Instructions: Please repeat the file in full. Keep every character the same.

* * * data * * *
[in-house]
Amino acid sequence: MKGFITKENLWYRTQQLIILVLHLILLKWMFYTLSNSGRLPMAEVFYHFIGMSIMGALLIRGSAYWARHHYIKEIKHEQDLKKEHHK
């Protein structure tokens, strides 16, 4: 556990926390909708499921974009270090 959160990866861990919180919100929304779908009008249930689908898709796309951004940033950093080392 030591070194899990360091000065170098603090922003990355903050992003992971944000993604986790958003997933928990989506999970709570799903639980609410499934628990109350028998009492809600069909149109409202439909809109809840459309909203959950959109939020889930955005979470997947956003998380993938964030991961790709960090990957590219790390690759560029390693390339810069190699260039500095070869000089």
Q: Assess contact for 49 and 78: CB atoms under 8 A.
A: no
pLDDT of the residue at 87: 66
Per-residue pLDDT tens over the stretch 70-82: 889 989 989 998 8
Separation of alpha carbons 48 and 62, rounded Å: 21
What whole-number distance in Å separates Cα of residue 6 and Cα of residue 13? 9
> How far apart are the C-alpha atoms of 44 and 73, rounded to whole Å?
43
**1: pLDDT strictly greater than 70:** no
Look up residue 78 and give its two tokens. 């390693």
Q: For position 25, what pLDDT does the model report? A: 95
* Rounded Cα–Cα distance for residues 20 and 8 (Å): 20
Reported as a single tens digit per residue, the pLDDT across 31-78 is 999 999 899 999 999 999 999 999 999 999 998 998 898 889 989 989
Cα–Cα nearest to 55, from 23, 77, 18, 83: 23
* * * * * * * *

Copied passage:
[in-house]
Amino acid sequence: MKGFITKENLWYRTQQLIILVLHLILLKWMFYTLSNSGRLPMAEVFYHFIGMSIMGALLIRGSAYWARHHYIKEIKHEQDLKKEHHK
């Protein structure tokens, strides 16, 4: 556990926390909708499921974009270090 959160990866861990919180919100929304779908009008249930689908898709796309951004940033950093080392 030591070194899990360091000065170098603090922003990355903050992003992971944000993604986790958003997933928990989506999970709570799903639980609410499934628990109350028998009492809600069909149109409202439909809109809840459309909203959950959109939020889930955005979470997947956003998380993938964030991961790709960090990957590219790390690759560029390693390339810069190699260039500095070869000089």
Q: Assess contact for 49 and 78: CB atoms under 8 A.
A: no
pLDDT of the residue at 87: 66
Per-residue pLDDT tens over the stretch 70-82: 889 989 989 998 8
Separation of alpha carbons 48 and 62, rounded Å: 21
What whole-number distance in Å separates Cα of residue 6 and Cα of residue 13? 9
> How far apart are the C-alpha atoms of 44 and 73, rounded to whole Å?
43
**1: pLDDT strictly greater than 70:** no
Look up residue 78 and give its two tokens. 């390693």
Q: For position 25, what pLDDT does the model report? A: 95
* Rounded Cα–Cα distance for residues 20 and 8 (Å): 20
Reported as a single tens digit per residue, the pLDDT across 31-78 is 999 999 899 999 999 999 999 999 999 999 998 998 898 889 989 989
Cα–Cα nearest to 55, from 23, 77, 18, 83: 23